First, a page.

Drugs for ulcerative colitis
Ulcerative colitis is initially treated with medication both in the non-inflammatory phase and in the acute inflammatory episode. The choice of drug depends on the reason for the therapy and the severity of the disease. Because there are different drug groups with different anti-inflammatory effects, the therapy can be designed very individually. By combining the drugs, the therapy can be adjusted accordingly, should a single medication not be sufficiently effective.
What drug groups are there?
The drugs used in ulcerative colitis can be divided into three broad groups. There are the so-called aminosalicylates, which are also called 5-ASA preparations, glucocorticoids and the large group of immunosuppressants.
Furthermore, a distinction must be made between whether the drugs are used to treat an acute attack or to maintain the inflammation-free interval. Salofalk® (Mesalazine) is the most frequently used drug in the group of aminosalicylates. It can be used both to maintain the inflammation-free phase and for mild to moderate attacks.
Glucocorticoids, such as the drug budesonide, are used either locally as a suppository or through the vein for stronger attacks. Because of the many side effects of glucocorticoids, including cortisone, therapy with glucocorticoids should only be carried out for limited periods of time and is therefore not suitable for maintaining the non-inflammatory phase.
Finally there are the immunosuppressants. This group includes various drugs and also antibodies that downregulate the inflammatory response in the body. Two of the immunosuppressants can be used in maintenance therapy. These are azathioprine, a drug that downregulates DNA synthesis, and the antibody Remicarde®. Otherwise the immunosuppressants are more likely to be used in the therapy of a severe episode.
Read more on the subject at: Immunosuppressants
Salofalk® is also called mesalazine and belongs to the group of aminosalicylates. It has anti-inflammatory effects in the intestines and downregulates the immune system. Salofalk® can be administered in different forms. Tablets are specially coated so that they reach sections of the intestine further downwards and still have an effect there. This is important because ulcerative colitis typically shows an involvement of the rectum, which then continuously spreads upwards. Salofalk® can therefore also easily reach the affected regions in the form of a suppository or as a foam preparation. Salofalk® is used both in flare-up therapy, especially for light flare-ups, and as maintenance therapy in the non-inflammatory phase.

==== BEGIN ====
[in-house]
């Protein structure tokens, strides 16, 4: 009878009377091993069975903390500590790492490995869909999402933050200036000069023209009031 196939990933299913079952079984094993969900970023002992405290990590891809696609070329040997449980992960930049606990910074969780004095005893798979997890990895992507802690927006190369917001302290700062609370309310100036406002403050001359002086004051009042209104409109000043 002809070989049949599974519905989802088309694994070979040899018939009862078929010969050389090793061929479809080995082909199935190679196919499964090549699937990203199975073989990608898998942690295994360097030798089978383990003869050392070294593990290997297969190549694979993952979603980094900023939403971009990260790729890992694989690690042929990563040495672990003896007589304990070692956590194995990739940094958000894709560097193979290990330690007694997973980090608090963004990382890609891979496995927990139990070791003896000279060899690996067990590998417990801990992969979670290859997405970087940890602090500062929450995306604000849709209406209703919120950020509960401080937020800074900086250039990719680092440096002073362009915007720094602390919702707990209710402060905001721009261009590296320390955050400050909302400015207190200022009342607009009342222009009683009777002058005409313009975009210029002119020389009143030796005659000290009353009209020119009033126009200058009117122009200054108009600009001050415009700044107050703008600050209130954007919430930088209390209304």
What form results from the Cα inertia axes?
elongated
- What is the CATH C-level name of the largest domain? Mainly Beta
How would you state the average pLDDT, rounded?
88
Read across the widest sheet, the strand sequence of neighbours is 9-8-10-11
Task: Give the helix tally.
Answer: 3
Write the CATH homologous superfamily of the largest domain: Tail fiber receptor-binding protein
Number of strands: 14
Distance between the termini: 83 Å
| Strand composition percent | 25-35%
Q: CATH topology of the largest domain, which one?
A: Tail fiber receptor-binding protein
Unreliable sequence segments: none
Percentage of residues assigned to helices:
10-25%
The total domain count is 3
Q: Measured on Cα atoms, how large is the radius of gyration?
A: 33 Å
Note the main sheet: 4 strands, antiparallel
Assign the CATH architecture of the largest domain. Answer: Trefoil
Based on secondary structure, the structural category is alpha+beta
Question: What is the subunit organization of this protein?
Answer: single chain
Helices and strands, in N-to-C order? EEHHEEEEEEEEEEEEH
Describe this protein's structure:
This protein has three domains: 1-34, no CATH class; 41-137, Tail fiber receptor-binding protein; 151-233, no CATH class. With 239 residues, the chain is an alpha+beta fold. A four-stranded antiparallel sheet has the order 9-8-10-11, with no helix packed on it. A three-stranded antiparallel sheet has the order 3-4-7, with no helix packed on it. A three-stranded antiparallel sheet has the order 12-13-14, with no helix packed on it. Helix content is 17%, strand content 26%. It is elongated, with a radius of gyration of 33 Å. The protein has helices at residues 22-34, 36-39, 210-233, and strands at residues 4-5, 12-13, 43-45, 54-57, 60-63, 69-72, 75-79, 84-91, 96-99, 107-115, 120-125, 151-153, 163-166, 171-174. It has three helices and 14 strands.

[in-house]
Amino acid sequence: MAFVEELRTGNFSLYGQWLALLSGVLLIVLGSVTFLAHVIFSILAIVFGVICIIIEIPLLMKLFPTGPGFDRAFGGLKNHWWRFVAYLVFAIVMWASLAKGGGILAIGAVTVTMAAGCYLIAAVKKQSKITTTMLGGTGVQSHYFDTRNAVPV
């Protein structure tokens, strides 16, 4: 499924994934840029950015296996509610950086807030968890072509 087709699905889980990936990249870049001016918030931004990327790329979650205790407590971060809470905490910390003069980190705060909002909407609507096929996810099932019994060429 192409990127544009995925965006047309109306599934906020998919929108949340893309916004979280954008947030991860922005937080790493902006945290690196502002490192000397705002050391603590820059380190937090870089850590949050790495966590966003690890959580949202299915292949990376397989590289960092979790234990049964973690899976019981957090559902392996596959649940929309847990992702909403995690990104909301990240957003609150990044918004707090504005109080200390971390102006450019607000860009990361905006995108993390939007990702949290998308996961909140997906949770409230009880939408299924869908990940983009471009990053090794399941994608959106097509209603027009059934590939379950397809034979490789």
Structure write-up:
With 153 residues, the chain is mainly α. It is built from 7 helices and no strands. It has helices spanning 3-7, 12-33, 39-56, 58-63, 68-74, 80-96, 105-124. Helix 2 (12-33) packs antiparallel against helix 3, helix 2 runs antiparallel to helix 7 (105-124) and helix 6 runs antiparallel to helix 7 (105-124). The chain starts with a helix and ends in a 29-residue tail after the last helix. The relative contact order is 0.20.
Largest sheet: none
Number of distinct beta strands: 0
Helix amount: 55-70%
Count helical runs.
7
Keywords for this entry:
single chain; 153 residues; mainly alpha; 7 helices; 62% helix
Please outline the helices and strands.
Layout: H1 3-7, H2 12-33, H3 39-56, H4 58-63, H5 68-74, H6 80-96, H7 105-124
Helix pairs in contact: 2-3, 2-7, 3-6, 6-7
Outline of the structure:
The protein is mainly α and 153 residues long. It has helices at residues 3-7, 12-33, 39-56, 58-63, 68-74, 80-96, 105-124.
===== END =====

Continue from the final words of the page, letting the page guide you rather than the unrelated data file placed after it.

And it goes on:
As with any other medication, allergic reactions can occur when taking Salofalk®. These can manifest as rashes or even fever and difficulty breathing. In addition, the drug in rare cases can lead to a decrease in white blood cells, with which serious infections are favored. It is therefore advisable to take a blood sample with a complete blood count after a certain period of time, when the drug has been reapplied. If pain occurs in the mouth or throat area and a deterioration in the state of health is perceived, the intake of Salofalk® should be stopped.
Remicarde® is the trade name of an antibody infliximab, which is directed against tumor necrosis factor alpha. This tumor necrosis factor alpha plays an important role in the inflammatory response. By inhibiting this factor with Remicarde®, the inflammatory reaction can be inhibited.
Remicarde® is only used in ulcerative colitis when there is a severe flare-up and in rarer cases as maintenance therapy. The reason for this is that the antibody has a number of limitations and side effects. Surgical therapy should be discussed before using Remicarde or other medication that may only be used in severe relapses. Remicarde® must not be given to pregnant women or patients on immunosuppressive therapy. Infections also speak against the use of the antibody. This includes acute infections, but also chronic infections such as tuberculosis. This could be reactivated again. Remicarde® must not be used if you have cancer or a serious heart disease associated with reduced pumping capacity.
The side effects include flu-like symptoms such as headache and body aches, as well as fever. The antibody can have a negative impact on all blood cells, so exhaustion, frequent infections and spontaneous bleeding must be expected.
Read more on the subject at: Infliximab